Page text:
First, there are some anatomy issues. Proportions, mega-defined muscles, awkward posing, etc. Hands are especially hard to draw, I hear from my artist friends, and that often shows, with the hands varying between extremely simplistic or oddly and I believe (med student anatomy guy here) incorrectly framed. This thumb for example has too many knuckles:


A bigger issue for me is inconsistency in how characters are drawn. Evolution of design from beginning to end is to be expected, but the characters often looked different from page to page or even within the same page. Many a comic gets away with very simplistic art without much detail as long as it is internally consistent within its own style and characters. TGES is highly detailed, with a lot of excellent crosshatching and other techniques to shade and provide contrast and texture. But I almost feel like it would be better served by simplifying the details to find an artistic style the artist can consistently deliver.



Panelling and Visual Storytelling:

I covered some of this before under Lettering, but the panelling was adequate. I’m not the biggest fan of the hand drawn panel borders, but can recognize it as a stylistic choice to give the pages flavor. The borderless panels run into a bit of an issue at times when whatever is drawn is cut off sharply at the edge. In the absence of the context of the border in can sometimes make whatever crossed the gutterline look odd. I’m also not a fan of speech balloons overlapping panel borders and going off into the gutter. But, overall, decent.




At the beginning of this review I recommended using the Tapastic mirror, and have linked to it with each of the pages I shared. This is because the Infected Blood parent website is a bit of a mess. It’s the hub of all of the creator’s work, which is good, but it lacks a good comic reader, which is bad. It looks like it doesn’t have a comic theme installed, just a standard blog post theme, clicking “Older posts” to load more pages, etc. The black on black on black theme isn’t the most visually appealing, and the large/tall banner at the top of every page requires a fair amount of scrolling down to see what you’re looking for. If the creator plans on using their website as their principal site, I really recommend an overhaul and redesign to make it more reader-friendly. Until then, use Tapastic, which while has it’s own issues, is functional.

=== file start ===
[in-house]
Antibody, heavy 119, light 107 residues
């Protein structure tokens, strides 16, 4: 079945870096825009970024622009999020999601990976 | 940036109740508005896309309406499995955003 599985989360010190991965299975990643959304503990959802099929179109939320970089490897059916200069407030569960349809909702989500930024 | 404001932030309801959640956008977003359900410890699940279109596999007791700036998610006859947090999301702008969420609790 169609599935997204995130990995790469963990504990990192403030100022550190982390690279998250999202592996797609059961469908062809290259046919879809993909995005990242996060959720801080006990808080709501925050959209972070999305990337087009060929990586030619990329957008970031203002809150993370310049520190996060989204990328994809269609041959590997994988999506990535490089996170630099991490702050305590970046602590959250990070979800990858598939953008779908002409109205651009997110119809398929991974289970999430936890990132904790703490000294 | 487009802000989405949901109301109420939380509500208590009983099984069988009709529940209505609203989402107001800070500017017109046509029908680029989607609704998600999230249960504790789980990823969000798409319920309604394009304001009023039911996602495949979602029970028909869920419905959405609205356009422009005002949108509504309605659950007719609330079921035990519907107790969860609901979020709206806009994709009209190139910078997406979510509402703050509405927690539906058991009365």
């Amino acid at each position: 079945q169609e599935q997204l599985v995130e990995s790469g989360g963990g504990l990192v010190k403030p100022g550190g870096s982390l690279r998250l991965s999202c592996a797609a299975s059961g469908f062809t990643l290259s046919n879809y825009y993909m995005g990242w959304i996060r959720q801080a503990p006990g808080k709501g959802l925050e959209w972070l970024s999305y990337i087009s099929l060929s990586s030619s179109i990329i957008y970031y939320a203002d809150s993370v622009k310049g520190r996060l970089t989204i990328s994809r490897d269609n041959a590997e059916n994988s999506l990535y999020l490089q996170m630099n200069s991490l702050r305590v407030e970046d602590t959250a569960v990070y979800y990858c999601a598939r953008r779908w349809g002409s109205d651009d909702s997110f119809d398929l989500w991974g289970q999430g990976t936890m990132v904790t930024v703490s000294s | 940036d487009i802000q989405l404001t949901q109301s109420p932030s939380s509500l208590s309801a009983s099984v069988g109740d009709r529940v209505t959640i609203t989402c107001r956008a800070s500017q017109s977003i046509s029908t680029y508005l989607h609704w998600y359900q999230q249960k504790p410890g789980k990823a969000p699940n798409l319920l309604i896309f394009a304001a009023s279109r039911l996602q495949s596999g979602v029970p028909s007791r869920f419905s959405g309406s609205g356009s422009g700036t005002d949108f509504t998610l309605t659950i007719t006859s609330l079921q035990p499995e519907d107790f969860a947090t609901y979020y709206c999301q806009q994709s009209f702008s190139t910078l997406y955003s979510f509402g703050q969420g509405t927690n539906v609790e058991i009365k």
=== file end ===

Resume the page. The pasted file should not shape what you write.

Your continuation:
TGES-ASS (had to do it one more time, got too serious in there) is a completed short story in what promises to be a larger comic world made by this creator. The premises of the world and plot are interesting and have obviously been thought out a lot by the creator based on the extra tidbits mentioned on the site, but the simple narrative of THIS story left me wanting more instead of being satisfied at the end. The art has issues but the creator has obviously learned a lot from it that will carry forward well into their next project. If the next story in this world makes use of lessons learned and gives the setting, plot and characters room to flourish, I’m confident it could be quite good. Eventually, I imagine TGES as being a side story in what will ultimately be a larger comic project and world, and as an early comic project it does that job well.

Overall, a decent comic, and the creator deserves to be proud for completing it.


Plot: 2/5

Characters: 2.5/5

Dialogue: 2.5/5

Lettering: 3/5

Art: 2.5/5

Paneling and Visual Storytelling: 3/5

Website: 2.5/5

Overall Rating: 2.5/5